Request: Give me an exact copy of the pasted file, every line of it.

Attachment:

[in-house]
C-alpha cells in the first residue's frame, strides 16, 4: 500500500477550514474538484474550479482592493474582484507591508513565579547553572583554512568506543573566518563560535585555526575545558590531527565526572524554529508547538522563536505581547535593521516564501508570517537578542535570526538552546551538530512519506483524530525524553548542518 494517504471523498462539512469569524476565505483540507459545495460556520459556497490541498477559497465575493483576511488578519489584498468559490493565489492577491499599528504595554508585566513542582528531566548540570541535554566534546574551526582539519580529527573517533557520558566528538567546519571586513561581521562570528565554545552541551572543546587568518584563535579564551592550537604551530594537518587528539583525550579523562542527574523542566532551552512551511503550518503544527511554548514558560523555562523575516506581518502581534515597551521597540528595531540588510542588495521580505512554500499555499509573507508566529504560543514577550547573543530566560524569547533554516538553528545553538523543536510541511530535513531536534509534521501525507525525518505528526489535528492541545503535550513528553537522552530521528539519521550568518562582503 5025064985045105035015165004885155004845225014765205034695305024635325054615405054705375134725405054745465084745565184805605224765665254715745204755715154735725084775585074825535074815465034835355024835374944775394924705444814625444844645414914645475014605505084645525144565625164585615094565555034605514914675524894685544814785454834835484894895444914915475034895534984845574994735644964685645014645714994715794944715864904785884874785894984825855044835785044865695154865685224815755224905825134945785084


[in-house]
C-alpha cells in the first residue's frame, strides 16, 4: 500500500477550514474538484474550479482592493474582484507591508513565579547553572583554512568506543573566518563560535585555526575545558590531527565526572524554529508547538522563536505581547535593521516564501508570517537578542535570526538552546551538530512519506483524530525524553548542518 494517504471523498462539512469569524476565505483540507459545495460556520459556497490541498477559497465575493483576511488578519489584498468559490493565489492577491499599528504595554508585566513542582528531566548540570541535554566534546574551526582539519580529527573517533557520558566528538567546519571586513561581521562570528565554545552541551572543546587568518584563535579564551592550537604551530594537518587528539583525550579523562542527574523542566532551552512551511503550518503544527511554548514558560523555562523575516506581518502581534515597551521597540528595531540588510542588495521580505512554500499555499509573507508566529504560543514577550547573543530566560524569547533554516538553528545553538523543536510541511530535513531536534509534521501525507525525518505528526489535528492541545503535550513528553537522552530521528539519521550568518562582503 5025064985045105035015165004885155004845225014765205034695305024635325054615405054705375134725405054745465084745565184805605224765665254715745204755715154735725084775585074825535074815465034835355024835374944775394924705444814625444844645414914645475014605505084645525144565625164585615094565555034605514914675524894685544814785454834835484894895444914915475034895534984845574994735644964685645014645714994715794944715864904785884874785894984825855044835785044865695154865685224815755224905825134945785084